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Fayetteville, Arkansas native Keefe Jackson left his Ozarks home and bobbed to the surface in Chicago in 2001. Since that time, the multi-reedist has performed with many local musicians and has been the part of several jazz projects, including the Lucky 7s, the 774th Street Quartet, the Chicago Luzern Exchange, and his present Fast Citizens on Ready Everyday.
There is nary a single standard on Ready Everyday, giving evidence to the burgeoning Chicago jazz scene, a cutting edge zone of creativity and talent. Immediately out of the chute, Jackson proves to be a weaver of craggy melodic heads and sinewy solos. Josh Berman's cornet gives the decidedly post bop direction of the music a bit of an antique feel, a Janus-like effect of looking forward and backward at the same time.
The opening title tune has a basic post bop structure with a serpentine head and boisterous soloing, most particularly by cellist Fred Lonberg-Holm, who summons, on this and "Signs, a sound that I suspect Yo-Yo Ma could barely comprehend in any context. "Signs is a loosely conceived piece with a simple harmonic foundation that provides ample soloing room for Berman. Drummer Frank Rosaly is brilliantly bombastic and noisy, demonstrating the true freedom of jazz in rhythm.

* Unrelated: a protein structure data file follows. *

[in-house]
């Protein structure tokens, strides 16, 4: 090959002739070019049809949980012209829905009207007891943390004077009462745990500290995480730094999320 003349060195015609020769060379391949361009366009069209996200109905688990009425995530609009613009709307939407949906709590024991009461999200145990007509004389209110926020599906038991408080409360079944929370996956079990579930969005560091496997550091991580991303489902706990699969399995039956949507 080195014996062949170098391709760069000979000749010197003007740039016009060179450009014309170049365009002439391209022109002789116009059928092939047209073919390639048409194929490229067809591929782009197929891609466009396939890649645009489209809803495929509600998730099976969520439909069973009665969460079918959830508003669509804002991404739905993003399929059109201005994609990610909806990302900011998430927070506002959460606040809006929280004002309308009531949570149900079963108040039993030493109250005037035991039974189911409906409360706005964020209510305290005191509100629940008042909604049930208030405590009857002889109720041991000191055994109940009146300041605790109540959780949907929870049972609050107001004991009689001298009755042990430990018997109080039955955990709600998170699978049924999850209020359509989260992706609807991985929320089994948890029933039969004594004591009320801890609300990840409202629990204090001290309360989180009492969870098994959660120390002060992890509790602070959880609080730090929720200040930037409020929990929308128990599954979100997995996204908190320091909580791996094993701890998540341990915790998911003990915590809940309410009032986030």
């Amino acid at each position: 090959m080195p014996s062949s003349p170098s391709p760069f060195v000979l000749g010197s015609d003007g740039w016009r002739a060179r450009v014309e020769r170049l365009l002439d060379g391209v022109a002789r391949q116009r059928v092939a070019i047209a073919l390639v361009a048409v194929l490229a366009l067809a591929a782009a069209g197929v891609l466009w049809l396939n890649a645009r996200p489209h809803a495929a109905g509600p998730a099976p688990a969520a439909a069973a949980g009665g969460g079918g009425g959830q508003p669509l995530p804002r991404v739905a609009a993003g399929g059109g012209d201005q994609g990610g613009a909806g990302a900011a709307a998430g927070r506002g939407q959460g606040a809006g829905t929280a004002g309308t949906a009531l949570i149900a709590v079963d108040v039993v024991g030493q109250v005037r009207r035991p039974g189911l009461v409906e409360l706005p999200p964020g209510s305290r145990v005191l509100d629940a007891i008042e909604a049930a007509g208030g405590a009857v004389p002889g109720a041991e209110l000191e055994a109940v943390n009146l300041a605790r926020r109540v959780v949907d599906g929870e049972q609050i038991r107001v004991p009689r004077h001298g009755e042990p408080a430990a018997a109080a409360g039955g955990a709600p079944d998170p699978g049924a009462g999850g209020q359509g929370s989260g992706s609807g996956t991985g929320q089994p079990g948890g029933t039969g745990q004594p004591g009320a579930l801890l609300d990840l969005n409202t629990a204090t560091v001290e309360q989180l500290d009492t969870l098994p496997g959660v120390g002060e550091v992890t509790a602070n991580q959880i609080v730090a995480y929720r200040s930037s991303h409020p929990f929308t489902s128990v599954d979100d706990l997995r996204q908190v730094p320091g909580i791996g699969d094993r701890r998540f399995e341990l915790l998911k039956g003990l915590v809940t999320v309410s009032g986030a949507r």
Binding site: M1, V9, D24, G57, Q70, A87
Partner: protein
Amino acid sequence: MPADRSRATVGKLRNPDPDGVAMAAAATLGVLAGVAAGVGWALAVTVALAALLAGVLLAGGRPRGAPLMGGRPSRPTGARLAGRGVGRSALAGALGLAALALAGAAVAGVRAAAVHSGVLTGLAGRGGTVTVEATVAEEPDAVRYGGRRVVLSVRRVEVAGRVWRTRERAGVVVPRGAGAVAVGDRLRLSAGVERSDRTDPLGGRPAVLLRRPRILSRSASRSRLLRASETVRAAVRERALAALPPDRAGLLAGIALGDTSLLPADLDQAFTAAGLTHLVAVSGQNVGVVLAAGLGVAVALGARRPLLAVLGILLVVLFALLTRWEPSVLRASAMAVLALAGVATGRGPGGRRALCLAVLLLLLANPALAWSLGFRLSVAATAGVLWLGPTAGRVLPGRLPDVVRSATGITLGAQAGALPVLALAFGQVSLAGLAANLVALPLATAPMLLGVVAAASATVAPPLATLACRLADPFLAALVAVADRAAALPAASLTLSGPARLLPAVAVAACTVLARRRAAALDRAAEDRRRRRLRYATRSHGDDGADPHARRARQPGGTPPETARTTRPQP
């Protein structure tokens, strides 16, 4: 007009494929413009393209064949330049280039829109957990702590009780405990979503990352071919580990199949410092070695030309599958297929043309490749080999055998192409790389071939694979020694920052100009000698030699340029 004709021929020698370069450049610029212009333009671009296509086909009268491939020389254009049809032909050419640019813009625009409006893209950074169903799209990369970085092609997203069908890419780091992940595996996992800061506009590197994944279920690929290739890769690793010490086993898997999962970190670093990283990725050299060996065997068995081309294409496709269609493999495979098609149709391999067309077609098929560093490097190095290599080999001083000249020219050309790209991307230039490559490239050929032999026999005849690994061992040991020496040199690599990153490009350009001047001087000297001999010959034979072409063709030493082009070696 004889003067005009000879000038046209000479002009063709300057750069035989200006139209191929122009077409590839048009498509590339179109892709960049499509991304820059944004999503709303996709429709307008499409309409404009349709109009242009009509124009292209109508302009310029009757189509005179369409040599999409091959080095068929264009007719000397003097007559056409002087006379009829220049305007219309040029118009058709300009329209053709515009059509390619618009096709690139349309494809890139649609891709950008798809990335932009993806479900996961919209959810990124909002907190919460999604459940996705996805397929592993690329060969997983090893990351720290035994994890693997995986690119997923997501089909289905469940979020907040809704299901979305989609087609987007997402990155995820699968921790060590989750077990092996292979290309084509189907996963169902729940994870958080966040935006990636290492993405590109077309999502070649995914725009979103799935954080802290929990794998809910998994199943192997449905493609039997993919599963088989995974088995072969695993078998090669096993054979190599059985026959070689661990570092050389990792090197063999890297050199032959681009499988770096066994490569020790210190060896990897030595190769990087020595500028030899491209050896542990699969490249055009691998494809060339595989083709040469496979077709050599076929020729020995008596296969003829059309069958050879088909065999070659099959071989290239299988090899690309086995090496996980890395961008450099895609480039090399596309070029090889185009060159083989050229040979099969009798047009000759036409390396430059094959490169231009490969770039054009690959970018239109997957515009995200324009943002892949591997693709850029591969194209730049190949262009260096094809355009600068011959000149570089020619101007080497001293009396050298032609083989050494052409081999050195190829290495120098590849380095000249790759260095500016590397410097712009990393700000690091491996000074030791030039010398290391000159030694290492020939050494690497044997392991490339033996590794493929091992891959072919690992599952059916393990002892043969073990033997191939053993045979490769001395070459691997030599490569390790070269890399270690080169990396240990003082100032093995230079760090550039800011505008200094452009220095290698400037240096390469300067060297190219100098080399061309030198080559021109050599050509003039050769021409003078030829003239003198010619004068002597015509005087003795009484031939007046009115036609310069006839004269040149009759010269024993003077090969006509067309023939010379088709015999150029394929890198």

Keefe Jackson's music exists on the evaporational interface of jazz where harmonic structure dissolves into a controlled freedom which, in turn, becomes individual musical molecules, free floating. This is music of freshness where not every note is perfect, but the improvisatory path to those notes is perfectand creation occurs spontaneously. This is the art and magic of the jazz musician.
I was first exposed to jazz when I was studying at the University of Puerto Rico. Nearby, I found a little record shop where the music coming from the store (Taller de Jazz Don Pedro) made me stop. I walked down the short stairs and towards the music and learned that the music playing was Clifford Brown and Max Roach
I was first exposed to jazz when I was studying at the University of Puerto Rico. Nearby, I found a little record shop where the music coming from the store (Taller de Jazz Don Pedro) made me stop. I walked down the short stairs and towards the music and learned that the music playing was Clifford Brown and Max Roach. I fell in love with it. I wondered around until the owner (Pedro Soto) asked if I needed help. He then introduced me to John Coltrane, Miles Davis, Gerry Mulligan and the rest is history. I walked out of the store with my first jazz recording: Clifford Brown and Max Roach at Basin Street.